These are a 1952 Chrysler Imperial and a 1952 Chrysler Saratoga (for sale photo).  As mentioned in the previous caption, 1951 and 1952 models looked nearly the same.


The entire Chrysler Corporation line was redesigned for 1953, Chryslers and DeSotos sharing one body, Plymouths and Dodges another.  The Imperial in the first photo appears to have retained the front end from 1952, starting at the cowl, changing only the hood ornament.  The comparison car in the lower image is a 1953 Chrysler New Yorker Newport.


Chrysler Imperials for 1954 were given a new grille plus mid-fender side trim extending abaft of the wheel openings onto the front doors.  The lower image is a publicity photo (cropped) showing a 1954 Chrysler New Yorker Newport hardtop that also got a new grille and side trim.

Monday, November 27, 2017

Richard Howard Stout's Fascinating Article on 1950 GM B and C Bodies

A magazine I truly loved, especially when Michael Lamm edited it, was Special-Interest Autos, published by the Hemmings organization.   Here on the Hemmings web site is a complete index of SIA articles, some of which have links, and other do not.

Those that are linked are where the Hemmings Daily posts SIA Flashbacks.  This is a fine feature since SIA is long gone, yet its content is often pure gold for automobile history buffs.  One article yet to appear on the Internet is from SIA #39 titled "Body Politics" by Richard Howard Stout.  The title seems a bit misleading because it goes into great detail regarding how General Motors B and C body elements in the early 1950s could be arranged and rearranged to yield designs with different impacts.  I found this fascinating, and I think it should be of great interest to readers of this blog.  Especially helpful are the fine illustrations by Harry Bradley.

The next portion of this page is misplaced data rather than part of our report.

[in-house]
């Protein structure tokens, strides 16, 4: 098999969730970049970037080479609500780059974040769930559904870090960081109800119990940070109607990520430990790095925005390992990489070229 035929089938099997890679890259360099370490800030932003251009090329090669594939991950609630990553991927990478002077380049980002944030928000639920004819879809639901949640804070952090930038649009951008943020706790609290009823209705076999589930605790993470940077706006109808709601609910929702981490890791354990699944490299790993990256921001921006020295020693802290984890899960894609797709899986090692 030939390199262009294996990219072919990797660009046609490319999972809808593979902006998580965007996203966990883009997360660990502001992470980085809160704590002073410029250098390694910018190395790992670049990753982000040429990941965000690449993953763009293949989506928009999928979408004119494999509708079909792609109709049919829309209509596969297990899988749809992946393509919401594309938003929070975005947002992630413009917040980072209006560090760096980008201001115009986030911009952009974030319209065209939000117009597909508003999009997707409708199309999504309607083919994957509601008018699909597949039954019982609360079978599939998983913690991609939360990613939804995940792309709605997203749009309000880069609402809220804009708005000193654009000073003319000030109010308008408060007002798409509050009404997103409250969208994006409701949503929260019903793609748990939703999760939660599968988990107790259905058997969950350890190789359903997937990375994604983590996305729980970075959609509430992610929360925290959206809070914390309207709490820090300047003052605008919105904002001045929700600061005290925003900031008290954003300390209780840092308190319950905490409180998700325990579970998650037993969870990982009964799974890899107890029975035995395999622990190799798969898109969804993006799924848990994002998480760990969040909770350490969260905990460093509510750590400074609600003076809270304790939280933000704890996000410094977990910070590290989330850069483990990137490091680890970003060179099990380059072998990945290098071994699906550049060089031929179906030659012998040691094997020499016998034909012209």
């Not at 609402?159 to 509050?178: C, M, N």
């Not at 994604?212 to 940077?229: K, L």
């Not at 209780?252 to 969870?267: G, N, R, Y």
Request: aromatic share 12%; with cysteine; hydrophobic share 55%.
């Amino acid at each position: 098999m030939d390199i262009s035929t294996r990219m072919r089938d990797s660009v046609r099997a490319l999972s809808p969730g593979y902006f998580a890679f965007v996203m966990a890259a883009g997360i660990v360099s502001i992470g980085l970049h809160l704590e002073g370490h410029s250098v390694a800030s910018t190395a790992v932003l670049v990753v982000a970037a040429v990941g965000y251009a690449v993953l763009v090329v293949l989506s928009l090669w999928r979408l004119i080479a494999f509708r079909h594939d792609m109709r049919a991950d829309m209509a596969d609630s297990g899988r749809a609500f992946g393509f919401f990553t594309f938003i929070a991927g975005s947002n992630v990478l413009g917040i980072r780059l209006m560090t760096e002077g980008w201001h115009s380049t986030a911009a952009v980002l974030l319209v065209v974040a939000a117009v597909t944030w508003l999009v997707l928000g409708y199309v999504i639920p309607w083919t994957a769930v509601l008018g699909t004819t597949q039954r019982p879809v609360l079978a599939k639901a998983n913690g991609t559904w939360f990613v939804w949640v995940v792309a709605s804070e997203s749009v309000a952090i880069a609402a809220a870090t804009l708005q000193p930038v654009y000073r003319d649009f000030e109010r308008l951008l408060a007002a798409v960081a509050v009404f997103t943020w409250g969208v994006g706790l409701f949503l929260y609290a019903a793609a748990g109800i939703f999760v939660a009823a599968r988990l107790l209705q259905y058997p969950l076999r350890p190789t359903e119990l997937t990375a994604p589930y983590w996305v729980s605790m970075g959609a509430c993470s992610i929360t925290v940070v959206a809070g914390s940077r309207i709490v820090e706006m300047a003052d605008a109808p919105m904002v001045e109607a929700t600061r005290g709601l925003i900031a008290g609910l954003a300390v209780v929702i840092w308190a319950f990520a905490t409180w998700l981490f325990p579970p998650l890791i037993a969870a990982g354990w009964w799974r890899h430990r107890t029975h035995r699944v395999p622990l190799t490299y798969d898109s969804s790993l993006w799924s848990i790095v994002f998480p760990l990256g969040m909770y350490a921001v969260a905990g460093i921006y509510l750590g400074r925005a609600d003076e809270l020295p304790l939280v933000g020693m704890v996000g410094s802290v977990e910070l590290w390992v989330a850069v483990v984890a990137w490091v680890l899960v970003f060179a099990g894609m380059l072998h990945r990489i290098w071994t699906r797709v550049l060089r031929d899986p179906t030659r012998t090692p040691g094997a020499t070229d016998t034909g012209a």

By the mid-1950s Stout was working at Ford Motor Company and created presentation material largely like that in the article.  It opened management eyes to ways of making better use of body resources.  A byproduct of this revelation (that's what it was) was aiding people who were pushing a concept that resulted in the Edsel brand.

A big problem for me is that, even though the article appeared more than 40 years ago, it is surely still under copyright.  Yet due to its importance (as I see it) I'll risk presenting scans of it below in the hope that Hemmings will see fit to post their own, better scans on their site in the near future.

Be aware that if Hemmings asks me to delete this post, I will do so.

The images below can be enlarged, but the scan quality is such that the text can be hard to read in places.